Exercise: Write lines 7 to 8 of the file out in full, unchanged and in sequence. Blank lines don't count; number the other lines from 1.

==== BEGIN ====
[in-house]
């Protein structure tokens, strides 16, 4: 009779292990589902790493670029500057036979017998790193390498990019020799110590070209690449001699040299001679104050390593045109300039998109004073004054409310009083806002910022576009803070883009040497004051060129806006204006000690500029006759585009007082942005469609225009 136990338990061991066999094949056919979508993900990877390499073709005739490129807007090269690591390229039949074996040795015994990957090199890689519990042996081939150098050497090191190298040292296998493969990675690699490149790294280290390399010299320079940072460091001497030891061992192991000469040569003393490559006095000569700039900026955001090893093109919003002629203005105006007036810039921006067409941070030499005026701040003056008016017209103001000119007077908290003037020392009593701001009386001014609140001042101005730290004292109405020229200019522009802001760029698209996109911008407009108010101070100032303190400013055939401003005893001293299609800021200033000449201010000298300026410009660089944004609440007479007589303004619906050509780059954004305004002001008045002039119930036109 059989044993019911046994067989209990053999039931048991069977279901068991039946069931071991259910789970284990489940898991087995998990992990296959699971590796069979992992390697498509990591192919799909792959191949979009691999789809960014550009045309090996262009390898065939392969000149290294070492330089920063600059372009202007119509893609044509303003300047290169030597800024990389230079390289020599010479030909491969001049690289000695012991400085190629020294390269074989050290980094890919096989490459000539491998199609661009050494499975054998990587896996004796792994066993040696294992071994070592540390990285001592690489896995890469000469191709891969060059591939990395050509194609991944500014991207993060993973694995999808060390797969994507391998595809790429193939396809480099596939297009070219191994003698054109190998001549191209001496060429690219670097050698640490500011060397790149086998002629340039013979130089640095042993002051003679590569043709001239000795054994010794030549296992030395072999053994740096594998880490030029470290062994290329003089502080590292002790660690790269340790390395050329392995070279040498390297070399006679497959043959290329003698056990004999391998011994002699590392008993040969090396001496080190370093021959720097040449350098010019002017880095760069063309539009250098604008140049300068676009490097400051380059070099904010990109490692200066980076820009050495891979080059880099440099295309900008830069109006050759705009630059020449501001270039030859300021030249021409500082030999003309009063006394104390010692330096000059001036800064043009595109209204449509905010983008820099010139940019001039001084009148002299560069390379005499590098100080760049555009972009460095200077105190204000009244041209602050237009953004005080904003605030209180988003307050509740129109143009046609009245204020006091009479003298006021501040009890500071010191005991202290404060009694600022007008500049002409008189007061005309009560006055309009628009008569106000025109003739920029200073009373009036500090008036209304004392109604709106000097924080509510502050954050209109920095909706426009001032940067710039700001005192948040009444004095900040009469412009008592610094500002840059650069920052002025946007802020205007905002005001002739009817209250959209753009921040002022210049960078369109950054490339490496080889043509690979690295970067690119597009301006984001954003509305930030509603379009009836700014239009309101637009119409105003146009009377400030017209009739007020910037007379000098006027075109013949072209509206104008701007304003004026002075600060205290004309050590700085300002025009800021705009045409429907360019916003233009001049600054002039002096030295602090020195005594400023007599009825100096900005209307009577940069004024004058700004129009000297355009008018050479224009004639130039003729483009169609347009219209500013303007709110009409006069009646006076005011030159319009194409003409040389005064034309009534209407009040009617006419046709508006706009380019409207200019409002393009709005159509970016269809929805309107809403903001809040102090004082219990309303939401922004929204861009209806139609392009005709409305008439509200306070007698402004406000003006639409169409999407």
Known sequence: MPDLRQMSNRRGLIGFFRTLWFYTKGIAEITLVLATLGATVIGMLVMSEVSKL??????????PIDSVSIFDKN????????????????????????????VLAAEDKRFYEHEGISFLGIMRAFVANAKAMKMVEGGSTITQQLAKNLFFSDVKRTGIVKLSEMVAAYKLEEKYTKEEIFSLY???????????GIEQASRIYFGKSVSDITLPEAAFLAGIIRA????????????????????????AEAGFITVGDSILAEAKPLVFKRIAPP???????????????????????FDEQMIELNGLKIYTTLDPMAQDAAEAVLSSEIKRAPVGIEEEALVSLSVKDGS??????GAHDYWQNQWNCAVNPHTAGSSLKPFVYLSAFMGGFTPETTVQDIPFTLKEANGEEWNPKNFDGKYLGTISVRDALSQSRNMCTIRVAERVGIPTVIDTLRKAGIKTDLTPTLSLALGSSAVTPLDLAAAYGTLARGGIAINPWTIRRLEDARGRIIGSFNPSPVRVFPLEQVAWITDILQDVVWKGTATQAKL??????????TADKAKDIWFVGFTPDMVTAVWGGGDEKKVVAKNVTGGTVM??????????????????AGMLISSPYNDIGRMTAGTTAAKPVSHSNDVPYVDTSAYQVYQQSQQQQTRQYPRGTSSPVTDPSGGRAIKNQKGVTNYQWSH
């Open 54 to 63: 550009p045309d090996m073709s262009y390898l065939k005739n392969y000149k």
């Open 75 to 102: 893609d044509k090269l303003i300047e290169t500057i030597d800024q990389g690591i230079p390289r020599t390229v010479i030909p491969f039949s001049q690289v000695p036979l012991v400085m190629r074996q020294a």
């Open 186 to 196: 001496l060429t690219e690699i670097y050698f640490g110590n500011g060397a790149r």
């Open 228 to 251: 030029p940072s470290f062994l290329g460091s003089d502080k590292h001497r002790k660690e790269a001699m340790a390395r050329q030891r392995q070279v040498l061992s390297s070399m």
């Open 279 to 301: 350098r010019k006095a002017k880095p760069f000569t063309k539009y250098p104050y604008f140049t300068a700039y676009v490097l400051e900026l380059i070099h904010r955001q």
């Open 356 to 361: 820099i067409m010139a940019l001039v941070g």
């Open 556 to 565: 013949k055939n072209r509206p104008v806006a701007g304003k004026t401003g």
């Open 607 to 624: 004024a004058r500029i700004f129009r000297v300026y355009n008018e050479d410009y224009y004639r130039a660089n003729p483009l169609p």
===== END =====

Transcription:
């Open 228 to 251: 030029p940072s470290f062994l290329g460091s003089d502080k590292h001497r002790k660690e790269a001699m340790a390395r050329q030891r392995q070279v040498l061992s390297s070399m």
């Open 279 to 301: 350098r010019k006095a002017k880095p760069f000569t063309k539009y250098p104050y604008f140049t300068a700039y676009v490097l400051e900026l380059i070099h904010r955001q």